Texas is leading a 17-state coalition that includes Indiana in suing over the Obama administration's recently announced executive actions on immigration.
Many top Republicans have denounced President Barack Obama's unilateral move designed to spare as many as 5 million people living illegally in the United States from deportation.
But Texas Gov.-elect Greg Abbott took it a step further Wednesday, filing a lawsuit in federal court in the Southern District of Texas. Texas is joined by 16 other states: Alabama, Georgia, Idaho, Indiana, Kansas, Louisiana, Maine, Mississippi, Montana, Nebraska, North Carolina, South Carolina, South Dakota, Texas, Utah, West Virginia and Wisconsin.
Under Obama's order, announced Nov. 20, protection from deportation and the right to work will be extended to an estimated 4.1 million parents of U.S. citizens and legal permanent residents who have lived in the U.S. for at least five years and to hundreds of thousands more young people.
Abbott argued Wednesday that Obama's action "tramples" portions of the U.S. Constitution.
The lawsuit raises three objections: that Obama violated the "Take Care Clause" of the U.S. Constitution that limits the scope of presidential power; that the federal government violated rulemaking procedures; and that the order will "exacerbate the humanitarian crisis along the southern border, which will affect increased state investment in law enforcement, health care and education."
Wednesday's announcement marks the 31st time the attorney general in this fiercely conservative state has brought action against the federal government since Obama took office in 2009. The only other high-profile lawsuit against the immigration action has come on behalf of Arizona Sheriff Joe Arpaio.
“While reasonable people can differ on ways to improve our nation’s broken immigration system, the President’s unilateral action was an unacceptable end run around the democratic process," Indiana Gov. Mike Pence said in a written statement. "Joining other states in pursuing legal recourse to challenge this action is the right thing to do. This lawsuit is not about immigration. It is about denying states such as ours the opportunity to be represented in policy making through our elected members of Congress."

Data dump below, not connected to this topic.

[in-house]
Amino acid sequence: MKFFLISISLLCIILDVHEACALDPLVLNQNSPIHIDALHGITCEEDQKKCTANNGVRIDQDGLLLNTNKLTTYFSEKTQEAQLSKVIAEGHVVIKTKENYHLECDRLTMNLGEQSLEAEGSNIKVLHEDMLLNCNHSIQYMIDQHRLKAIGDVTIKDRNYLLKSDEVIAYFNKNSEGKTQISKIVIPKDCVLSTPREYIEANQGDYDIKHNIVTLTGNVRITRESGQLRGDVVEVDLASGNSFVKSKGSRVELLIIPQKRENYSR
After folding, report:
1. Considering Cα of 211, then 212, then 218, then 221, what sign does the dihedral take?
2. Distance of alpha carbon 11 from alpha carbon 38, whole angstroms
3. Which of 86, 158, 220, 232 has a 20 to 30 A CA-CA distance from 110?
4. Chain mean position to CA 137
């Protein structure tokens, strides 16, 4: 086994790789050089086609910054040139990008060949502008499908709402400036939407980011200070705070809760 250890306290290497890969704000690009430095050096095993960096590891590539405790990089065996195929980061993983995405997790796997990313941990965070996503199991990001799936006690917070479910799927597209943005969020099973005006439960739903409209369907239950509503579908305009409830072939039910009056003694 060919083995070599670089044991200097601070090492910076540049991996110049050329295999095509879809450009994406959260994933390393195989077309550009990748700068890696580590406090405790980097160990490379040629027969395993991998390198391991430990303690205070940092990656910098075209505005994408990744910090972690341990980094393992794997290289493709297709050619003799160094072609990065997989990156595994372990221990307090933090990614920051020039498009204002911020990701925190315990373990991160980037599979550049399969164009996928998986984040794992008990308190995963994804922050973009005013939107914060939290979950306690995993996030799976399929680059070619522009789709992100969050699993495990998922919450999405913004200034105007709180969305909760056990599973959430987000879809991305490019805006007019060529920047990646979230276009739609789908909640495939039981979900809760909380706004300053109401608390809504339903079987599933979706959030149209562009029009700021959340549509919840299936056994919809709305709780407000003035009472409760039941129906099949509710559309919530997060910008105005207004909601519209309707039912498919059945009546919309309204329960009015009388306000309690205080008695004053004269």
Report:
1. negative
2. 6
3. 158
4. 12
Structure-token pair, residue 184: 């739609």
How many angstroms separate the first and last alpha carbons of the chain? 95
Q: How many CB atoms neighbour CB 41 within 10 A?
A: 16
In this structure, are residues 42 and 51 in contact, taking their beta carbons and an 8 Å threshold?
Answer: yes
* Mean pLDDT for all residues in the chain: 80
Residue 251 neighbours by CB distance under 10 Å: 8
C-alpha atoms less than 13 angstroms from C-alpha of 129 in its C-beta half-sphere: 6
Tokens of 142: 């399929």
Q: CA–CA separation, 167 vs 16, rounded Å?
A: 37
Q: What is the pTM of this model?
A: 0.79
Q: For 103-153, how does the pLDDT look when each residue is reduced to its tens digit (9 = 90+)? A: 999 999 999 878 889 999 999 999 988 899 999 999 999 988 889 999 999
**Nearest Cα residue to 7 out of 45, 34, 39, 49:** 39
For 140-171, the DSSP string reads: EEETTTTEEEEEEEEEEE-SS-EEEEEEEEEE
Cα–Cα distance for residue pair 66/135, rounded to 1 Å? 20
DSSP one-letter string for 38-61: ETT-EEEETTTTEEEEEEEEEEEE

House Majority Leader John Boehner told lawmakers this week that the GOP-led House may vote to undo Obama's executive action, but the move would be mostly symbolic, as Obama would certainly veto such legislation and the Democratic-led Senate would go for it, either.
Potential 2016 presidential candidate and current Texas Gov. Rick Perry, who leaves office in January, also spoke out against the executive order earlier Wednesday, saying it could trigger a new flood of people pouring across the Texas-Mexico border. Perry and Abbott also have said the order will promote a culture of lawlessness.
Perry said at a news conference that Obama's 2012 executive order delaying the deportation of children brought into the U.S. illegally by their parents triggered an unprecedented wave of unaccompanied minors and families, mostly from Central America, crossing into the U.S. this summer.
"In effect, his action placed a neon sign on our border, assuring people that they could ignore the law of the United States," said Perry, who has deployed up to 1,000 National Guard troops to the border.